But for all the lofty goals of systemic transformation, our work—like the work of lawyers everywhere—was to help one client at a time. Given the extremely limited numbers that countries open their borders to, resettlement isn’t an option to the vast majority of refugees. Instead, it’s a discretionary solution available to the “most vulnerable 1%.” The obvious problem is how—from a population of 1.5 million—can anyone justly and equitably identify and advocate for the most vulnerable 1%. This is where IRAP saw a gap in the services that UNHCR and other NGO’s offered, and adapted their local operations and virtual army to fill it. UNHCR is optimized to serve the millions of refugees, not the thousands who are uniquely vulnerable.
In their limited, personal contact with UNHCR personnel, most refugees don’t trigger consideration for resettlement, so IRAP takes as clients those who belong to the eligible categories and have been overlooked, mis-categorized, or previously rejected in the resettlement process. The categories IRAP mainly works with are 1. Those with legal and physical protection needs; 2. Survivors of violence and/or torture; 3. Women at risk; and 4. Those with medical needs. The trip we were on was basically boot camp for the IRAP army of law students who were learning how to assess resettlement needs and build resettlement cases for these refugees.
I conducted my interview with Tom, a 40-ish New Yorker, part-time law student, who’d done hundreds of asylum interviews while working for an immigration law firm. Our interviewee was university educated and spoke a little English, but we also had a translator. Our interview wasn’t as emotionally trying as I worried it would be, but it was ripped-from-the-headlines compelling and cut to the core of some of the most challenging aspects of this work (including assessing credibility, dealing with exclusions to resettlement, and differentiating targeted violence from random violence). Other interviews had exposed my fellow volunteers to more heart-wrenching stories, and the effort itself was long and taxing (almost all the interviews took 4 hours and even then were incomplete). There were tears at the group debrief immediately following the interviews, but also a sense that we could make a real difference in some of our cases.
The funny thing was how, in a nation of fictions and at a virtual law firm, things became so much more real. I handled Syrian passports and birth certificates. I learned the order of battle of the Syrian army. I saw the scar where the bullet had entered and the doctor’s report describing the medical procedures for removing it. All the while, Tom and I passed coloring books and crayons to the man’s daughter as she colored on the floor. He didn’t complain about the bullet; he just wished for a reason to hope. He asked what IRAP could do for him. We replied that we couldn’t know for sure without hearing his story.
So for four hours he told it, and for four hours we listened, and on our final day in Beirut we wrote up the report, handed it over to the full-time IRAP Beirut staff, and erased all traces of our work from our hard drives. Now I’m back in Philadelphia, and the stateless, rightness life of a man and his family in Beirut is distant, but not at all fictional. Real life isn’t as simple as fictions—the refugees aren’t a huddled mass yearning to breathe free, but individuals who I can picture, with their quirks and foibles, their hopes and dreams, and their ups-and-downs. It all feels very distant and so familiar.
Though we were in the role of public interest lawyers, I couldn’t completely put my training in counseling psychology aside. I’m trained to do brief therapy, and to help people frame their stories in ways to emphasize their resilience and agency, but my previous experience had been limited to survivors of floods and hurricanes. The IRAP staff often marveled that even people they couldn’t take on as clients were still grateful for the opportunity to tell their stories, and to feel heard and seen. There’s so much value in just talking to a human being who will listen.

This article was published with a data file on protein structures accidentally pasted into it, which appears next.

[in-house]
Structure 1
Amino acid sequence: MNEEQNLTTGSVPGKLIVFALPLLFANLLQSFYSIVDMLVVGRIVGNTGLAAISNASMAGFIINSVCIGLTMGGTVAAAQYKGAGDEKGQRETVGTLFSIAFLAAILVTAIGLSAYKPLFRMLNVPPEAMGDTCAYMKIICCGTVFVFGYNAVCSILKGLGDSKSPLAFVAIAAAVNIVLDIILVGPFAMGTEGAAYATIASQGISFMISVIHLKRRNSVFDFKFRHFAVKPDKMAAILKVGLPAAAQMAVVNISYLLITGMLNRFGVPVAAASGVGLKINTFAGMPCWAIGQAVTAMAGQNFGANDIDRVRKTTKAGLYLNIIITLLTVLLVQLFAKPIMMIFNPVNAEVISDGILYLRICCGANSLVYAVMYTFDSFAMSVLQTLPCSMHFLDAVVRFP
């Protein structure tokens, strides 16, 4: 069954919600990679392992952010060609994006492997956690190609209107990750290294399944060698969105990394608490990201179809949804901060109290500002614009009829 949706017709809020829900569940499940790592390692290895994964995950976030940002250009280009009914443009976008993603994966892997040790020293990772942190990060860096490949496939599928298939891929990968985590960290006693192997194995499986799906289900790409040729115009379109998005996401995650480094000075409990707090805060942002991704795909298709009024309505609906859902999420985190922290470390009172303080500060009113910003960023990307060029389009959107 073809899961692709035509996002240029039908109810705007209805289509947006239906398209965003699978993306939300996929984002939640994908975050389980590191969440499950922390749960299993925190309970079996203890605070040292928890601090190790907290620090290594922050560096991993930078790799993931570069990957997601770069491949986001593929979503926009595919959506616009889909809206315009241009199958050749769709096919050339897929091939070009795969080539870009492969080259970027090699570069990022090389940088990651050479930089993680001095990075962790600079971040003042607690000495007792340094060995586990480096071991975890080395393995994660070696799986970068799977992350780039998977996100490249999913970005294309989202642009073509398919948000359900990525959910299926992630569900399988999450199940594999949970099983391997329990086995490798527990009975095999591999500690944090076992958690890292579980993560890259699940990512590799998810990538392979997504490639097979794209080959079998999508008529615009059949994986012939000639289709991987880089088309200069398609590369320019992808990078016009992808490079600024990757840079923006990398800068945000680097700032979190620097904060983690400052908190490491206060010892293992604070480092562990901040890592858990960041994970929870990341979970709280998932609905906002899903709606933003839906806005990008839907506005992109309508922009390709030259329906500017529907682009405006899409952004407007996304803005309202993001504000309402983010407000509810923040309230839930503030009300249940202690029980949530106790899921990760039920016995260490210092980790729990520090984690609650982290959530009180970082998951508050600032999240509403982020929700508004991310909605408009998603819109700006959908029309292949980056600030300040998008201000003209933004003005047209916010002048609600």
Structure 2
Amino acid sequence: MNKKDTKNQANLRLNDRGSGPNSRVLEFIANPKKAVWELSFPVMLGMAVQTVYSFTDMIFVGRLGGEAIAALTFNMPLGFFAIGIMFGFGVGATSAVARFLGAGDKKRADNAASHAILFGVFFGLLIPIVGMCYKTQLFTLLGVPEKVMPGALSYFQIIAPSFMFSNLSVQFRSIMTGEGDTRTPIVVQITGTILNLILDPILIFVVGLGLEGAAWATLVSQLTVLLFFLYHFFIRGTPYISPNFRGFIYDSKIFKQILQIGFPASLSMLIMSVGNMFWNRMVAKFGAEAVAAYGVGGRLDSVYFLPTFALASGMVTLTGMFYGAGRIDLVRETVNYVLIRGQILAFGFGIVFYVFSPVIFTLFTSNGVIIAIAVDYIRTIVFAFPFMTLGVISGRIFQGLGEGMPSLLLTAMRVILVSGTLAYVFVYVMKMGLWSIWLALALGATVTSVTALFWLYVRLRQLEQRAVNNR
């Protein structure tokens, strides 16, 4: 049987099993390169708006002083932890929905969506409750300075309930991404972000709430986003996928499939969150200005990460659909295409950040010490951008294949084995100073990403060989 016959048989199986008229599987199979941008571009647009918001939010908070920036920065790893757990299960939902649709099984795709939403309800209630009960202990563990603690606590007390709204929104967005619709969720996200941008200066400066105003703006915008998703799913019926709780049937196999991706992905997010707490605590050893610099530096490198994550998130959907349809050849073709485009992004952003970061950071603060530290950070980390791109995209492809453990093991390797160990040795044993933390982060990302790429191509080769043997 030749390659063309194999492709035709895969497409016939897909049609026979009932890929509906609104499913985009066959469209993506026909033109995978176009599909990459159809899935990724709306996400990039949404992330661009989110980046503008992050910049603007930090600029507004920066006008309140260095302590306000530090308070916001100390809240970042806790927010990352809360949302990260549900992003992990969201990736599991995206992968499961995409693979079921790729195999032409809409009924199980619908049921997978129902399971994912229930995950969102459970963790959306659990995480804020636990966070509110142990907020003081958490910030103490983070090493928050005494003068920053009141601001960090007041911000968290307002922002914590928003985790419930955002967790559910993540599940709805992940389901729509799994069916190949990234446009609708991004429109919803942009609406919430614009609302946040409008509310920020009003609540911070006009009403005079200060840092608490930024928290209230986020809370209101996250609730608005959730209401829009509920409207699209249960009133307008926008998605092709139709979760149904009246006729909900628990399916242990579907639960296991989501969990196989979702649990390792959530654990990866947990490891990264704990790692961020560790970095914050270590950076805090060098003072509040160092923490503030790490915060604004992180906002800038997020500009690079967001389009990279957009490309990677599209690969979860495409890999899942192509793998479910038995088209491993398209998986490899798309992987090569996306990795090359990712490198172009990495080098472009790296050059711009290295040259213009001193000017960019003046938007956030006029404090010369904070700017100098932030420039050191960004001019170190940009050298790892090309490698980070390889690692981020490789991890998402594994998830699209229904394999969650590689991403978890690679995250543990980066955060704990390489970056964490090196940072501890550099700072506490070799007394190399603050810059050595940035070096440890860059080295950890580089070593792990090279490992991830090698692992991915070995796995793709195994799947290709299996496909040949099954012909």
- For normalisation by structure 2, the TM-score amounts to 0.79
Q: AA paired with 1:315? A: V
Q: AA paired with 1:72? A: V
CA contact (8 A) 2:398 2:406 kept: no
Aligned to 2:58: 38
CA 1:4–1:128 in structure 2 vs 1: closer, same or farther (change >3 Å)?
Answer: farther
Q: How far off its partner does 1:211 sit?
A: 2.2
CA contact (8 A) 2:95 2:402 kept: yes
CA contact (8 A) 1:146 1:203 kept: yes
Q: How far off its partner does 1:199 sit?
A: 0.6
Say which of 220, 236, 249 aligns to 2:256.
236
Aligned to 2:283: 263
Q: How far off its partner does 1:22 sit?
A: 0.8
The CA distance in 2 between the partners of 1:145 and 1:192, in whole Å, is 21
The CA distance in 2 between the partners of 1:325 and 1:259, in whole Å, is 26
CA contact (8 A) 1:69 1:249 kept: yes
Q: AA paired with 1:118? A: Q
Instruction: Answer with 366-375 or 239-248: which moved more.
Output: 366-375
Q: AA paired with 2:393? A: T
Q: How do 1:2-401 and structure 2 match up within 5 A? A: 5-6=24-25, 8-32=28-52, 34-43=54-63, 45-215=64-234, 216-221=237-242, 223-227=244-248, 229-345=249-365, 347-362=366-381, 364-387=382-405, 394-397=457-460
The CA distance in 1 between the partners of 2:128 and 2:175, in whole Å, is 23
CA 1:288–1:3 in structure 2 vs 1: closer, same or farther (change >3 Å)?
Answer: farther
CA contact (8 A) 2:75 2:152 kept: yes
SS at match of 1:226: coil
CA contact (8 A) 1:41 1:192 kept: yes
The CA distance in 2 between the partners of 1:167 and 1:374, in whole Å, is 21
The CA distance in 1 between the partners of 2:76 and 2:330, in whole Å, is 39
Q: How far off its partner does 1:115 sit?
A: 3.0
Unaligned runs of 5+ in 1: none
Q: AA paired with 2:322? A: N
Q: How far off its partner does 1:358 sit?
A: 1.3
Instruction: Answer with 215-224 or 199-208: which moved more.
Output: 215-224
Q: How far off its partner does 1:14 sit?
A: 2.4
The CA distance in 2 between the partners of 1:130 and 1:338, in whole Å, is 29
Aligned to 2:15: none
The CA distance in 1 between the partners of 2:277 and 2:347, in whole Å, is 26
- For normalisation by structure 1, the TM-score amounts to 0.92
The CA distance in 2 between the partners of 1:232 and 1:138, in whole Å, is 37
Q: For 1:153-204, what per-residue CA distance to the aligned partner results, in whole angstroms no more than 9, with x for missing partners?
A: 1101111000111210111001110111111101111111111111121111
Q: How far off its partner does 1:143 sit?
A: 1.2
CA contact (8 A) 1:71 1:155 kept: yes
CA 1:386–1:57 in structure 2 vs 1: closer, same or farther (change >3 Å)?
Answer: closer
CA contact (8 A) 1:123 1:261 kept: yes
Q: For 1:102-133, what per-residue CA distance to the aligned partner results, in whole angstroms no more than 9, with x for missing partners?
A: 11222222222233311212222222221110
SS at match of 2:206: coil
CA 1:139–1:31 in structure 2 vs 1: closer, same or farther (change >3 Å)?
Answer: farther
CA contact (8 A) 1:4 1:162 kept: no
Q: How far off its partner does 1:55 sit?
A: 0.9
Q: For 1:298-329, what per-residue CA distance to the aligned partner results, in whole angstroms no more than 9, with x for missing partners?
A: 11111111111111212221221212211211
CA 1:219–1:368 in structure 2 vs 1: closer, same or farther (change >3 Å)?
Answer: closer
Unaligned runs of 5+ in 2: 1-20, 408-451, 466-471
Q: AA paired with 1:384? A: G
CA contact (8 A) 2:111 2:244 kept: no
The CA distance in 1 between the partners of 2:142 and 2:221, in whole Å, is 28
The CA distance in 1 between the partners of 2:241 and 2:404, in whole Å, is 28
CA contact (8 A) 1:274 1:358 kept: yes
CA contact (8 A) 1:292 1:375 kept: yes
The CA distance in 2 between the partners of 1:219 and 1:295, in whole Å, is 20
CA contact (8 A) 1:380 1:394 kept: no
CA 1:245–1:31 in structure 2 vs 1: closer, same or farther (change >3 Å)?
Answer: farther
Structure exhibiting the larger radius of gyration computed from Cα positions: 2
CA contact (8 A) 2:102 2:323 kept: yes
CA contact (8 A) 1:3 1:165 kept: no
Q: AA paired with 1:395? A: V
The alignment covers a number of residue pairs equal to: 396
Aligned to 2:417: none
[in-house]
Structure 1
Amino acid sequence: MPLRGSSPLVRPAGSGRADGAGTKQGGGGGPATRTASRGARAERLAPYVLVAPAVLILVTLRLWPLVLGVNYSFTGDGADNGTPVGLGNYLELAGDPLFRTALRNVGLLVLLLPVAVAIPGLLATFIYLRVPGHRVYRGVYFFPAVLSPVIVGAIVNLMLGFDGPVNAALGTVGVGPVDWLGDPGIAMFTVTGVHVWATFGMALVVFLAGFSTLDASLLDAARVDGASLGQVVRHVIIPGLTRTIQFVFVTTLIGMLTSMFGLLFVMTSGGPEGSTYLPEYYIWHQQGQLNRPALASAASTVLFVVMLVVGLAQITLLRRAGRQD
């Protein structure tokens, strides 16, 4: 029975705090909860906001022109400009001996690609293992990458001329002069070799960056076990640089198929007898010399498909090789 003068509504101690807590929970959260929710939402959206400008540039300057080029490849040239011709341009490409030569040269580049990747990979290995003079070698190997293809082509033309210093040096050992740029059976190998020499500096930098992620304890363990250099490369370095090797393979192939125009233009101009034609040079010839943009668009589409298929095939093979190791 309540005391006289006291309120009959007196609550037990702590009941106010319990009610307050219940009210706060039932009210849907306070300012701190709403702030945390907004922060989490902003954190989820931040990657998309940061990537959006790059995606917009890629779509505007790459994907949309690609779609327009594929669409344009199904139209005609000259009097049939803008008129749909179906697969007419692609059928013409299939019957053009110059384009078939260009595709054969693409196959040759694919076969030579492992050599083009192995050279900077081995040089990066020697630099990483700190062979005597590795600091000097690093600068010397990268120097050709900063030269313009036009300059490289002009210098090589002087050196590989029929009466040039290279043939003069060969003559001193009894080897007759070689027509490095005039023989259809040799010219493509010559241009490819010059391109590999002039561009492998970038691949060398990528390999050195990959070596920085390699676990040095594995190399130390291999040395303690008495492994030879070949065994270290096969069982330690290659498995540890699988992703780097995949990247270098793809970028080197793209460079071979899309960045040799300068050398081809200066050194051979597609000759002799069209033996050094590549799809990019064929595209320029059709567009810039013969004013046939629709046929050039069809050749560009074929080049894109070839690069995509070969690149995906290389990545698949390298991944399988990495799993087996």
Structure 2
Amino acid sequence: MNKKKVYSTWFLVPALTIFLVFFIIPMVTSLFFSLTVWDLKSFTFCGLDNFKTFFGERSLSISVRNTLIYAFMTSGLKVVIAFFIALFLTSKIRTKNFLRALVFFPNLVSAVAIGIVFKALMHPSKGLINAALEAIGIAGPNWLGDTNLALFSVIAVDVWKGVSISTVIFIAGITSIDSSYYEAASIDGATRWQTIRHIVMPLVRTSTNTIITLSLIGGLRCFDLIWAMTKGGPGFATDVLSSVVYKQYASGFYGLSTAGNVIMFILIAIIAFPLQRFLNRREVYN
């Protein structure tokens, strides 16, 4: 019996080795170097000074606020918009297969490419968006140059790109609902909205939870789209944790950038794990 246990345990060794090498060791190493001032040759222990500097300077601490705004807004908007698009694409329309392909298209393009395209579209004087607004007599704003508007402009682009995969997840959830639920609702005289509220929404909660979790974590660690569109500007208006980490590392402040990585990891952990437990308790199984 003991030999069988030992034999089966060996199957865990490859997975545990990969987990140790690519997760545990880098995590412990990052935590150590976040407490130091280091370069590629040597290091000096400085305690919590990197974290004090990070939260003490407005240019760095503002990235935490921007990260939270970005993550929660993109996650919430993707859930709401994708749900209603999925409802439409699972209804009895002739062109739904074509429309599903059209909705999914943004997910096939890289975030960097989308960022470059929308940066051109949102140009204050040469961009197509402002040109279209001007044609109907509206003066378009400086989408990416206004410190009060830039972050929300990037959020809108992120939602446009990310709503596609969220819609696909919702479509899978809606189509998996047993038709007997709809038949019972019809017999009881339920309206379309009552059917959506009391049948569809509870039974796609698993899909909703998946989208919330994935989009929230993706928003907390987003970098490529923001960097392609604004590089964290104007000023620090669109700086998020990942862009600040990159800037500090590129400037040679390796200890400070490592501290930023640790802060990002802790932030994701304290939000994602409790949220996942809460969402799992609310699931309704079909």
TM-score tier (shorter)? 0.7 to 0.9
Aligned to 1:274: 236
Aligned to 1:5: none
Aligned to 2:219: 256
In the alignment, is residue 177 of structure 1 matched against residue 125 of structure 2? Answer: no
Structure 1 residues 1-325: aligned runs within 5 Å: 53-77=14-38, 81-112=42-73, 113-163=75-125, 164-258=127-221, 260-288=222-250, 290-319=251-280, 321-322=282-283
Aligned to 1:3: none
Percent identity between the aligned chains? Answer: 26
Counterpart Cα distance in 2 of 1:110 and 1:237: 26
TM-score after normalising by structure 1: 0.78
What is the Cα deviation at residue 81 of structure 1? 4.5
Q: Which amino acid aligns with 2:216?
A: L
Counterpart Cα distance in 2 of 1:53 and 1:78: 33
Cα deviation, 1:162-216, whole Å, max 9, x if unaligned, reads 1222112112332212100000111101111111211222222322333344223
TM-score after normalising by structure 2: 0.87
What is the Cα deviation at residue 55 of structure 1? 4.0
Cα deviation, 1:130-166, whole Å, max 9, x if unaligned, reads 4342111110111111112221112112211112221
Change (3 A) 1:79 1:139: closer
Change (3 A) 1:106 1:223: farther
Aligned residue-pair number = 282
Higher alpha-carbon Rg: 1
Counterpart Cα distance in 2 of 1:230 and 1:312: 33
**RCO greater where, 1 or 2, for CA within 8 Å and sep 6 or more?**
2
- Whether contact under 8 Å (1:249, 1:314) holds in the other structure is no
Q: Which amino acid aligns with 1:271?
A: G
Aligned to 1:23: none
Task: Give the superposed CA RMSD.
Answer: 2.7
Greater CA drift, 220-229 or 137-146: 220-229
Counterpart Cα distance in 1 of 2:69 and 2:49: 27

Four hours seems like a long time for an interview, but we had to cover so much legal content that there was little time for concerns with well-being and resilience-building. It breaks my heart to think that we might have been able to give him a little bit more—hope? a sense that someone cared?—if only we had done something that we hadn’t. But perhaps the real heartbreak comes from how far he is from what he wants, which isn’t interview for resettlement, but “to create a normal life for my children,” he struggled to say in English, “To take them to the beach.”
The day after we finished at IRAP, we went on an “alternative Beirut” tour, which promised the straight dope about the city’s historical, political, and cultural realities. Our guide was a charismatic young Druze communist. In the US, she would be right at home at a campus women’s center or working on Bernie Sanders’ campaign, but instead she was fighting the power (and supporting herself at one of her four jobs) by giving the Lonely Planet-crowd tours of her home city. I appreciated how she took us far from the touristic and hip parts of the city and deep into the older, poorer, devout Muslim neighborhoods.
At one point, she explained a prominent mural to us. It featured religious leaders from Lebanon’s main religious and political factions smiling and offering a vision of unity—a common fate and shared peace. The text, she translated, promised revolution. “In Lebanon,” she said, “‘revolution’ only means one thing: the destruction of Israel and the birth of a Palestinian state.” Notably missing from the figures on the poster was a Palestinian leader. The Palestinians and Israelis (like the Jews who had co-existed with Muslims and Christians in Lebanon for millennia) were invisible figures, political fictions whose presence and absence were invoked to promote unity around a common cause and a shared enemy, so long as both remain nothing but convenient abstractions and not embodied realities.
The next day, as I passed through passport control at Rafic Harari International Airport on my way out of Lebanon, the guard asked me, “You’ve been to Israel?” “No,” I replied. He stamped my passport and I proceeded to my gate. I wondered what he would have done if I’d said yes, but I had learned that some fictions are better left untested.